WHEN Scott Koontz visited the Bill Klingner Trail last year, he saw the kind of active greenways system that enriches Quincy residents and will attract new people to town.
"I was blown away with all the people -- the kids and the bikes and the pets and all that stuff," Koontz told The Herald-Whig.
Dale Koontz Builder donated a 1.3-acre easement off North 24th Street in the Drakewood subdivision to the Quincy Park Foundation last week. It was the final easement along the trail route between 24th and 36th streets. With that in hand, the Quincy Park District can now apply for grants to complete that segment of the trail.
When completed, the trail will stretch from Bonansinga Drive along the riverfront to North 36th Street, creating a three-mile corridor for biking, hiking and walking enthusiasts. It will connect several Quincy parks or landmarks as part of a Quincy Greenways and Trails plan that was adopted by the City Council in 1999.
The trail concept dates to at least the 1940s when Klingner, the late engineer for the Quincy Park District, proposed a walking, biking and recreational trail parallel to Cedar Creek.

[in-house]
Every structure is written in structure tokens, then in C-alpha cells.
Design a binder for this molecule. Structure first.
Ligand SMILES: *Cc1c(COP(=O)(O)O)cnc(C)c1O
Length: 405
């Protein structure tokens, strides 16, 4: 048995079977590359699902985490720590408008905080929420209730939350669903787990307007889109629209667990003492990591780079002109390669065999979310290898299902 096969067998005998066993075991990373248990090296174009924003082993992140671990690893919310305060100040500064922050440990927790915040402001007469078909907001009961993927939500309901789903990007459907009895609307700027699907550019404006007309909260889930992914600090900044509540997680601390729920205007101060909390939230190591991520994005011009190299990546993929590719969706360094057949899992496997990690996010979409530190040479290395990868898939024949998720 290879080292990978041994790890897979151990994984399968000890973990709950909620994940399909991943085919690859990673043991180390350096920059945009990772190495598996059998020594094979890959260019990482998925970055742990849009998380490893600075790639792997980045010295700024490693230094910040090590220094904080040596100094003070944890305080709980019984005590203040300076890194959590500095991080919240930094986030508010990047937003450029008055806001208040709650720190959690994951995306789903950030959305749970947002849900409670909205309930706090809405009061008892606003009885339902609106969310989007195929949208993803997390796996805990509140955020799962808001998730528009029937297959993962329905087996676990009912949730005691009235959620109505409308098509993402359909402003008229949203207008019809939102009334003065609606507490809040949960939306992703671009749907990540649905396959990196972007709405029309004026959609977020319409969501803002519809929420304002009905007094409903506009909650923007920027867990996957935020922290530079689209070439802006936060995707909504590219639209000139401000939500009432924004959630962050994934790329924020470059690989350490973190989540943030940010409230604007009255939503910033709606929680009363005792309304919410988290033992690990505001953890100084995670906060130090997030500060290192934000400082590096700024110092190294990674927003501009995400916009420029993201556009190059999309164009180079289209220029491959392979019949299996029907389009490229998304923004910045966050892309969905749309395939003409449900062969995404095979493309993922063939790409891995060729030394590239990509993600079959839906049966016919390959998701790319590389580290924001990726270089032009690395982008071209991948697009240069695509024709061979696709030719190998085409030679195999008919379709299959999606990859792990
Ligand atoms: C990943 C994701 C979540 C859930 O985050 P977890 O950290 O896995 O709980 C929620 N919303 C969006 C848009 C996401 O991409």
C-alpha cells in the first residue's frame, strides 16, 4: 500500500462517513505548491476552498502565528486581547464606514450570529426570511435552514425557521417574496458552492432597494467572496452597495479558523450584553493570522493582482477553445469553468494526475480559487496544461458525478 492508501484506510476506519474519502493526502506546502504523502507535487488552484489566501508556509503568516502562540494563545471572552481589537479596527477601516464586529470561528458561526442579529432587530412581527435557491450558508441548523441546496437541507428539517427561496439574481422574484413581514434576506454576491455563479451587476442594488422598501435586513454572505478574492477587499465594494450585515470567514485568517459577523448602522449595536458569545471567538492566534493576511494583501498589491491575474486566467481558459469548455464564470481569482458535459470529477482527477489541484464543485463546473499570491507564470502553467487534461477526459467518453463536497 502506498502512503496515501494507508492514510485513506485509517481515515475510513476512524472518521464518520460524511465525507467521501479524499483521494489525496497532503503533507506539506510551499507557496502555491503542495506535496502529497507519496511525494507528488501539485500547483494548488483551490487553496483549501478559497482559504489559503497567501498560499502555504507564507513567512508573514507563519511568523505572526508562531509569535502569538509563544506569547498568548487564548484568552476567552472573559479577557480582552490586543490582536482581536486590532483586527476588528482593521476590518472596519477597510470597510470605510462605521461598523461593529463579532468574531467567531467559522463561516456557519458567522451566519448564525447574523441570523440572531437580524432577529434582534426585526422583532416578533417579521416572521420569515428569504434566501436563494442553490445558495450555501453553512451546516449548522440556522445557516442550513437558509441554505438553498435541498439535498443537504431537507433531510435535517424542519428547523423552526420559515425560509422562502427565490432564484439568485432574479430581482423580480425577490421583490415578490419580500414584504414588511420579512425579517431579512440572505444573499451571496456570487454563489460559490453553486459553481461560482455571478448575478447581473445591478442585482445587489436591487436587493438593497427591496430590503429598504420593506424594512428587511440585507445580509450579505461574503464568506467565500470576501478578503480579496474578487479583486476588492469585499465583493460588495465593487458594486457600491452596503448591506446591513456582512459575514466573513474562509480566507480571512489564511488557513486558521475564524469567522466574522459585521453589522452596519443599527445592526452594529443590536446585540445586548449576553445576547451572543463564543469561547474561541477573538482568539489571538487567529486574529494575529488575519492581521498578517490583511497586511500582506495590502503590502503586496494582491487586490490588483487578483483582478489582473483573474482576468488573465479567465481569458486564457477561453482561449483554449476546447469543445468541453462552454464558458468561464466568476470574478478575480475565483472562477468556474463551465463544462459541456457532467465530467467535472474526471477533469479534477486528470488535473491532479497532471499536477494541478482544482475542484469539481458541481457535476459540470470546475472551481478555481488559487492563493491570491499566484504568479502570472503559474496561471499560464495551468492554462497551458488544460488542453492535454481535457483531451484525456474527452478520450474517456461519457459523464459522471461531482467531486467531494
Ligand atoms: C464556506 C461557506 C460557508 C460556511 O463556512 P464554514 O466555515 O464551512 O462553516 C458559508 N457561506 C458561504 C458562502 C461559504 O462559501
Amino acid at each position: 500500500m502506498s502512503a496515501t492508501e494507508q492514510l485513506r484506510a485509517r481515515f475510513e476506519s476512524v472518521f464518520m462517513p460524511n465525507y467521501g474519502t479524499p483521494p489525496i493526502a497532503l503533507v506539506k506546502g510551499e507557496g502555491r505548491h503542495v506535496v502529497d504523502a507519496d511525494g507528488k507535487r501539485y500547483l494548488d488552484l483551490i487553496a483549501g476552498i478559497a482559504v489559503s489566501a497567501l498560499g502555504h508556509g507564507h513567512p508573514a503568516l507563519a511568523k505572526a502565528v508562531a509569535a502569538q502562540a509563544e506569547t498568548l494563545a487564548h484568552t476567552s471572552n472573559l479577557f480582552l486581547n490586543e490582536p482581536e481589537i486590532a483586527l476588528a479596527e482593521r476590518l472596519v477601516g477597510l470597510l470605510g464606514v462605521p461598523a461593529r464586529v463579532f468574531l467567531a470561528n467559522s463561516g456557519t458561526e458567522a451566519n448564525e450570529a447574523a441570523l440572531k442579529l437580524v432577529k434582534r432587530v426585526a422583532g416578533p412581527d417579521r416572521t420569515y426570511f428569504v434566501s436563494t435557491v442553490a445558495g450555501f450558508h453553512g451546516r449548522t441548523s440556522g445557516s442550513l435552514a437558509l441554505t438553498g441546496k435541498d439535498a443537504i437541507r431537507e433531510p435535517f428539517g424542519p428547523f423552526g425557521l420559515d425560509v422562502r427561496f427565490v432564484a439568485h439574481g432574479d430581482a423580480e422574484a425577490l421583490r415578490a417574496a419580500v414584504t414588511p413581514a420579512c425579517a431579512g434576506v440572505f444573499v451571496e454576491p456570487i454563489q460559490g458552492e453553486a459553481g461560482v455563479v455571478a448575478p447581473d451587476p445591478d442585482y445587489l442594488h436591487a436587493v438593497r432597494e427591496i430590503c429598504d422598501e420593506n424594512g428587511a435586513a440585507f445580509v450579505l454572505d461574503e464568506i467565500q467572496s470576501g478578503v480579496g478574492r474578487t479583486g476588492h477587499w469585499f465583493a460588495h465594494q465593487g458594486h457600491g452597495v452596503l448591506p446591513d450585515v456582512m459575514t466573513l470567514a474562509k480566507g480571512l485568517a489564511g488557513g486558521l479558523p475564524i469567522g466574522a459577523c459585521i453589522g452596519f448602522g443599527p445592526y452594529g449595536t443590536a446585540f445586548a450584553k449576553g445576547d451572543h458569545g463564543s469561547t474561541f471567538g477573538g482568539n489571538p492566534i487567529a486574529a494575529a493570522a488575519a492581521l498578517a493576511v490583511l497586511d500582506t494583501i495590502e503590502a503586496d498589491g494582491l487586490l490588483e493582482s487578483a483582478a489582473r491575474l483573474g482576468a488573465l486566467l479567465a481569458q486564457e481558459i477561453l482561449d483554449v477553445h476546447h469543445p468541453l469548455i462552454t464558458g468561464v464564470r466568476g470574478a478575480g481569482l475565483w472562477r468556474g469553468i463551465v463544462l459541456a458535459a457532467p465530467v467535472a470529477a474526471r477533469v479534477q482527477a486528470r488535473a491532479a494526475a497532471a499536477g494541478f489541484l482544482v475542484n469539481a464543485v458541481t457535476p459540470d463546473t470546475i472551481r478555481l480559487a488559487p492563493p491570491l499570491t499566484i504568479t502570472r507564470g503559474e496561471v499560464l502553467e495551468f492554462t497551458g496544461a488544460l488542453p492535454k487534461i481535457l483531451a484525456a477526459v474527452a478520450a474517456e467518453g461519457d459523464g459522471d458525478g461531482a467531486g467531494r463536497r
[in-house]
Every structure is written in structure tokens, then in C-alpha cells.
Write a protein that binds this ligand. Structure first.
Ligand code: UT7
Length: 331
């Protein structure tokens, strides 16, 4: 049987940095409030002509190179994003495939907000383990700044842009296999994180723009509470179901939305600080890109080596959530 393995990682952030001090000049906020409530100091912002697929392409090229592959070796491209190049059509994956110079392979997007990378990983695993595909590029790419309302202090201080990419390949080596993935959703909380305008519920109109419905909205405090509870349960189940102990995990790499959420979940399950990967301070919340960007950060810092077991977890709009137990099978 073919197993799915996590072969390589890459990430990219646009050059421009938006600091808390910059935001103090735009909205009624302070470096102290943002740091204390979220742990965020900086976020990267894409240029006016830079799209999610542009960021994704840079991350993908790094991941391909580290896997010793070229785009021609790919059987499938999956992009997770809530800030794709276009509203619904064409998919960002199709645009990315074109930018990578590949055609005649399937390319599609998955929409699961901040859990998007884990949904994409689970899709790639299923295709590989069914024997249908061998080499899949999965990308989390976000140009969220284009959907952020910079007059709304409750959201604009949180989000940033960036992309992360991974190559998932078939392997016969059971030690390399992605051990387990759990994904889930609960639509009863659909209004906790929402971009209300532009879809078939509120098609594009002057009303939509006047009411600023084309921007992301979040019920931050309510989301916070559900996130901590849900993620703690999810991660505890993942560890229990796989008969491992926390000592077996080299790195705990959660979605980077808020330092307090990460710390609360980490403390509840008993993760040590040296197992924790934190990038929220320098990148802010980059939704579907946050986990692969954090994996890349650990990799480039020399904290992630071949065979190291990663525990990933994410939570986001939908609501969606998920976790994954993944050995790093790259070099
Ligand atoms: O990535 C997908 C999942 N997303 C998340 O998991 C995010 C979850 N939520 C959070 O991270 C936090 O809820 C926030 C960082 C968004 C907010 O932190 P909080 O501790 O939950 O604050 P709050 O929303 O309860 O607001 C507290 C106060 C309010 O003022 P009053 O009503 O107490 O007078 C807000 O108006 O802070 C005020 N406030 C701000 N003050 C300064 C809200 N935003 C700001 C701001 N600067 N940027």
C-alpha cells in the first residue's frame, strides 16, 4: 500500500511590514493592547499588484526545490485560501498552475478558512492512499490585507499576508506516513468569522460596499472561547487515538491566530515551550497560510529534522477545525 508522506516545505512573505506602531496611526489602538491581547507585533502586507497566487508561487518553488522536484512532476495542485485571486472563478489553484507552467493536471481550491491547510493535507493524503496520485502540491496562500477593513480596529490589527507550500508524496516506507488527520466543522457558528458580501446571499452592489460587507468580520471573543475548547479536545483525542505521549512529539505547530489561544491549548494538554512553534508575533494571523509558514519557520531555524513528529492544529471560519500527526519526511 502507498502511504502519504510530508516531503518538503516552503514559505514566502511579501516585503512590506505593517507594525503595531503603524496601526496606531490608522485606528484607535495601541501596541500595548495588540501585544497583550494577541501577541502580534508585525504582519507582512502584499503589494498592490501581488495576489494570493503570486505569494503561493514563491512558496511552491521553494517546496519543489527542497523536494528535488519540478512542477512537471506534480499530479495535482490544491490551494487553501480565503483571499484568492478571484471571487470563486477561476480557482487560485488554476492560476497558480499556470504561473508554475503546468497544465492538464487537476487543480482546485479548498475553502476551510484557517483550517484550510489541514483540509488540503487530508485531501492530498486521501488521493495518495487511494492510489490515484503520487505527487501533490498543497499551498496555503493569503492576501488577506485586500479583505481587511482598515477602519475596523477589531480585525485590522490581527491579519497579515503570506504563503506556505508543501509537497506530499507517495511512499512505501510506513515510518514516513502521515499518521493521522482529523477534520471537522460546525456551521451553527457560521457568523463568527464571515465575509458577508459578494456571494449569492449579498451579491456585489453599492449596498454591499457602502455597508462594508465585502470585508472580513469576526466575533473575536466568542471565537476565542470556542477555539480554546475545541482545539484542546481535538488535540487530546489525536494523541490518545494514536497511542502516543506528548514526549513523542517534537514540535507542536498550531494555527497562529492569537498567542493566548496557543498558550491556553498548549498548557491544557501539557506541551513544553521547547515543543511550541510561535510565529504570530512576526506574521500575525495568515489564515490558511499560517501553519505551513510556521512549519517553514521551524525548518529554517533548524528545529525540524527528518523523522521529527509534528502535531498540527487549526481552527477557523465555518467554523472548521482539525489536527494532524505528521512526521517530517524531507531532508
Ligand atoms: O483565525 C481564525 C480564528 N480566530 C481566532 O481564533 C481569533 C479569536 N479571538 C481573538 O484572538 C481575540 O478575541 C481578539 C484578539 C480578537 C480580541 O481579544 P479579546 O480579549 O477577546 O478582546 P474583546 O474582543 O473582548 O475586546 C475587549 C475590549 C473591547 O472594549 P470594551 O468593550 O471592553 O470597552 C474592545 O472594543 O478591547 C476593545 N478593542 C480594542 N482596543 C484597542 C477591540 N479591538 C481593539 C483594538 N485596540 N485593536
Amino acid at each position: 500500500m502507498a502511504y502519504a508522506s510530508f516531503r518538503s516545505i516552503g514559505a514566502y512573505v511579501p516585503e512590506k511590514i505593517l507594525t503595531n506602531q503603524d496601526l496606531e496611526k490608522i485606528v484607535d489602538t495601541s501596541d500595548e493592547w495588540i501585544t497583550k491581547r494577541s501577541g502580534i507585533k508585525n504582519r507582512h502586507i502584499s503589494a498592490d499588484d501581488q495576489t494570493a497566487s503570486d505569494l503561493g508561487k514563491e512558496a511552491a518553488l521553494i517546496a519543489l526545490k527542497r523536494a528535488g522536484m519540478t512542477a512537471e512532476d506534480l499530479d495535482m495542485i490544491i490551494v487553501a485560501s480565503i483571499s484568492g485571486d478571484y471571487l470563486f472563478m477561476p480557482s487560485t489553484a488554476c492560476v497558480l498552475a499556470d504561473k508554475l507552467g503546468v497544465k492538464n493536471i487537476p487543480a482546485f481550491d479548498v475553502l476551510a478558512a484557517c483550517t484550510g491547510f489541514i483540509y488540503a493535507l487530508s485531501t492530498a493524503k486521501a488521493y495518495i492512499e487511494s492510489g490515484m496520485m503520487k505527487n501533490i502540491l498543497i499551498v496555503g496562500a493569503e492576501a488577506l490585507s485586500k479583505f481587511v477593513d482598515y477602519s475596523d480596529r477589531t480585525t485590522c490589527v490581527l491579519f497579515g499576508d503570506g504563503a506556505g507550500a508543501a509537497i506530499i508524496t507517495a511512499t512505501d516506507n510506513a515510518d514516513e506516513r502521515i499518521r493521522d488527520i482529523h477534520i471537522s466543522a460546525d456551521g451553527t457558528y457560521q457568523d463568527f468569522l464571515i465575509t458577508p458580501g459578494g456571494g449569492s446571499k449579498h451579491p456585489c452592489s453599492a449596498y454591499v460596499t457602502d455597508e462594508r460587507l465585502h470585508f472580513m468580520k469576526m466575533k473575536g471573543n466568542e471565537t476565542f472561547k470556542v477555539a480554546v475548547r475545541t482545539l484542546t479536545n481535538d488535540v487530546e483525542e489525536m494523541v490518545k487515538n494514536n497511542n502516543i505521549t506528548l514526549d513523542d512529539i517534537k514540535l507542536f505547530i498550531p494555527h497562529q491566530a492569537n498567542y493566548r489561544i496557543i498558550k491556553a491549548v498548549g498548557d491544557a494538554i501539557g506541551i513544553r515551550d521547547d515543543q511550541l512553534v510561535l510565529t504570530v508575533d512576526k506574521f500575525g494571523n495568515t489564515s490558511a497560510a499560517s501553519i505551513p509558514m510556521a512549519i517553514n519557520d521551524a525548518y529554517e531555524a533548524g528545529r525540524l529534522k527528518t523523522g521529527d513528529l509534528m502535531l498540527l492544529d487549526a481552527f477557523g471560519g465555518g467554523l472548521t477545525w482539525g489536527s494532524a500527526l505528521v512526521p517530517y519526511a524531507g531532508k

Klingner was a man ahead of his time, seeing the potential of walking and bike paths at a time when few cities were considering the need for green space or recreational assets.
Klingner's vision has been adopted by countless individuals, groups, businesses and governmental units that are working together. The city of Quincy and Quincy Park District joined forces in 1994, starting obtaining conservation easements along Cedar Creek.
The first portion of the trail between 12th and 18th streets opened in 2009.
The second portion between 12th and Fifth streets opened last year after the Quincy Rotary Club donated more than $100,000 for construction of a 258-foot bridge for cyclists and pedestrians.
State Street Bank donated $5,000 last month. Bank President Mike Mahair said he and family members "ride the trail, walk the trail and bring the grandkids out."
A contract on the trail between 18th and 24th streets is expected to be let by the Illinois Department of Transportation in June, with construction starting this summer. The Park District received a $792,000 grant through the Illinois Transportation Enhancement Program to help fund the project. Friends of the Trails also has pledged $350,000 toward the estimated $2.4 million cost of the segment.
Funds also are being raised to complete a section of the trail extending from Fifth Street to Bonansinga Drive.
Quincy has about 1,000 acres in its parks system, conveniently located within easy walking distance of almost all of the city's neighborhoods. Trails to connect these parks will enhance already valuable assets and provide scenic corridors for recreation and transportation.
With each segment of the trail that's completed, Bill Klingner's vision becomes a little clearer, and Quincy neighborhoods become a little more inviting.